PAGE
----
As much as I love the benefits and features of new vehicles, there is soft spot in my heart for old trucks. I can’t exactly explain my feelings, but it is almost like this segment of the automotive world has stories to tell, and I like to listen. Sometimes improvements can be made to vintage iron without losing the story, and a new chapter can begin. Such is the case with the venerable Dodge Power Wagon.
My first Power Wagon encounter was with a ’50s M37, a ¾-ton, four-wheel-drive pickup with an overall gear ratio low enough to rotate the earth. Maximum speed was 50 km/h. I loved that truck, but alas it was not destined to make the journey in the mid-’80s from B.C. to Alberta. I still mourn the loss.
There must be a country song in that story somewhere …
When I stumbled across Legacy Power Wagon’s website, my interest was piqued, and a long-forgotten flame was reignited. Immediately, I sent Legacy’s founder Winslow Bent a note and asked him about his motivation for starting a unique company that builds niche-market trucks.
Winslow responded, “To me, the Dodge Power Wagon represents the rugged ambition of postwar (Second World War) Americans. The Power Wagon was a highly capable vehicle and was the first of its kind. It had high-clearance, four-wheel drive, winch, and rear PTO for running implements. It was affordable both to large companies that needed fleet vehicles, as well as farmers, ranchers, foresters. The Power Wagon was at home on any terrain.
“Quickly the international market recognized this, as well. Power Wagons were exported all over the world, often under the name ‘Fargo’ rather than Dodge. They were instrumental in the building of the Alcan Highway, the Alaskan Pipeline, and oil exploration on the Arabian Peninsula,” said Winslow.
“The design of the Power Wagon is elegant, yet functional. From the front, the vehicle just flows: The huge front fenders, headlamps and cowl lights. The bed is contrasting with simple hard lines, and the long running boards seem to tie it all together.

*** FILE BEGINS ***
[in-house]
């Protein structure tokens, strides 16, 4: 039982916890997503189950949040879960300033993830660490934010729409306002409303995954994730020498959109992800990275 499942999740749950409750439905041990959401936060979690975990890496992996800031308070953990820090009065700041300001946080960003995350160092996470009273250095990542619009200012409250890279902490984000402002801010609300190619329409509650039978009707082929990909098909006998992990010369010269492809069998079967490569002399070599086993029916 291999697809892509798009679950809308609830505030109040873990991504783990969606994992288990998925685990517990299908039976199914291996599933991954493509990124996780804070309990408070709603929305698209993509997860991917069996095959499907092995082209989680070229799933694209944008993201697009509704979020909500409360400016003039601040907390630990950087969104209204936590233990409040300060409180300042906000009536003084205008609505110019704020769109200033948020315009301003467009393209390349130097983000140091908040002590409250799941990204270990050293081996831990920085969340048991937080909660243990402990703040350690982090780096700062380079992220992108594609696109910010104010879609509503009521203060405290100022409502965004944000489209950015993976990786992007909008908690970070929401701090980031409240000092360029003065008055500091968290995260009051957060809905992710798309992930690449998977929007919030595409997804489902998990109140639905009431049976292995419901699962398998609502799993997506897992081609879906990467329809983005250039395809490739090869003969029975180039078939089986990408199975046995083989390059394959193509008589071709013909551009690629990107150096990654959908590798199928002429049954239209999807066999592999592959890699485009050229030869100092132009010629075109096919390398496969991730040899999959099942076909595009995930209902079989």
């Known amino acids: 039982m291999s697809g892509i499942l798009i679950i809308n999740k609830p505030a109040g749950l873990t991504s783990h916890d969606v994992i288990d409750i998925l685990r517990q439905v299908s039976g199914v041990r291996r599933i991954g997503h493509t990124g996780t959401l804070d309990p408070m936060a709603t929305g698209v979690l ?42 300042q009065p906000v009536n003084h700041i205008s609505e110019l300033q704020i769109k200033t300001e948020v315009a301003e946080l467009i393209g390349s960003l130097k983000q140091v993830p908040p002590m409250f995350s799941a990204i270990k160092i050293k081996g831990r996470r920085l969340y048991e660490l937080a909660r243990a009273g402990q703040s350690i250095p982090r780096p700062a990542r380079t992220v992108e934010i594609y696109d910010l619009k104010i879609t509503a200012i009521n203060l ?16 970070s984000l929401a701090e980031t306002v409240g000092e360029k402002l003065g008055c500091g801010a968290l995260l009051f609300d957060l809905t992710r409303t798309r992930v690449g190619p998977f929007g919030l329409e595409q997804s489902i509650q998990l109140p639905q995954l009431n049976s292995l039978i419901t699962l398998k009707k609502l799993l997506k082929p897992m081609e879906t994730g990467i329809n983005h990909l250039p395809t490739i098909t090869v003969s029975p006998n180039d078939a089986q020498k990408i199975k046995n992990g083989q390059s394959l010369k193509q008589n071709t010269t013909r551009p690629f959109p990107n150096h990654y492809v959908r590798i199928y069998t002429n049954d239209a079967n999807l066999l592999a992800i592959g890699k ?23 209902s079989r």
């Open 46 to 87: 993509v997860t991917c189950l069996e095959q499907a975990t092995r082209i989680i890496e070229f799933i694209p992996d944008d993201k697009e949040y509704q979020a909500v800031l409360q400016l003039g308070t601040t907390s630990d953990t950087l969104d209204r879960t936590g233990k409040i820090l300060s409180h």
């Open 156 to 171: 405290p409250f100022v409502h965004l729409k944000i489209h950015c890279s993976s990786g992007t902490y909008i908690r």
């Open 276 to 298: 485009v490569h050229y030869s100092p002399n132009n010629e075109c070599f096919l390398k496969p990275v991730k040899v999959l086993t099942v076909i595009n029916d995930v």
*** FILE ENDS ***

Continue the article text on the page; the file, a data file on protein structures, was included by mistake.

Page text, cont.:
“When I began Legacy, I felt like trucks were treated as second-class citizens in the car restoration world. I wanted to bring the standards of excellence that I saw in concourse European cars to the truck market. While many scoffed at first, the functionality and uniqueness of these trucks is hard to argue with.
“The Power Wagon draws crowds and interest from people of all walks of life. With our improvements to safety and drivability, these trucks are, once again, back on the road, pulling trailers, off-roading, and living up to their fabled reputation. We have built over 30 of these trucks and people are amazed at how easy and fun they are to drive. With a limited supply of trucks available and the ability to only build about 12 to 15 a year, the Legacy Power Wagon Conversion is a very unique and special vehicle.”
With an old vehicle, some purists would suggest that restoration is the only real option. Winslow has thrown this convention out the window, and the result is nothing short of spectacular.
For starters, there are five different body style options — the Regular Cab, the Extended Cab, the Crew Cab, the Carryall, and, of course, the M37. Some of these cab configurations did not exist originally, so Winslow has taken the customization of these trucks to a new level.
With a modern drivetrain, these trucks are civilized enough for everyday use. The options lineup reads like a who’s who list in the automotive power playbook. How about a 430-horsepower, 6.7-litre Chrysler small block with fuel injection and a five-speed manual transmission?
Perhaps you like the styling of the Power Wagon, but you like Chevrolet motivation. The 6.2-litre, 430-horsepower Chevrolet LS3 injected small block with a four-speed automatic transmission may be the ticket.
Or if you like the smell of diesel in the morning, what about the 3.9-litre Cummins with an intercooled high pressure turbo, delivering 500 pound/feet of torque1 Transfer Case, Dynatrac Axles with 4.56 gears, Tom Wood driveshafts, ARB air locking differentials and premium Warn locking hubs.
Fearful the robust and rotund Power Wagon just wouldn’t stop like a new car?
The trucks have dual circuit power brakes, 13.25-inch vented brake rotors, dual piston Wilwood calipers, Lokar emergency brake linkage and stainless steel brake lines.
What would an old/new truck be without some great options like a GPS and navigation system, satellite phone, heated seats, air conditioning, wood interior package, stainless steel tool box, retractable entry steps, an in-bed gooseneck towing hitch, on-board welder, a PTO driven snow blower, portable sawmill, cab mounted shooting rest and a gun rack?
For the automotive enthusiast who needs one of the baddest trucks available, a Legacy Power Wagon could be it. I’m sure Winslow would be happy to help.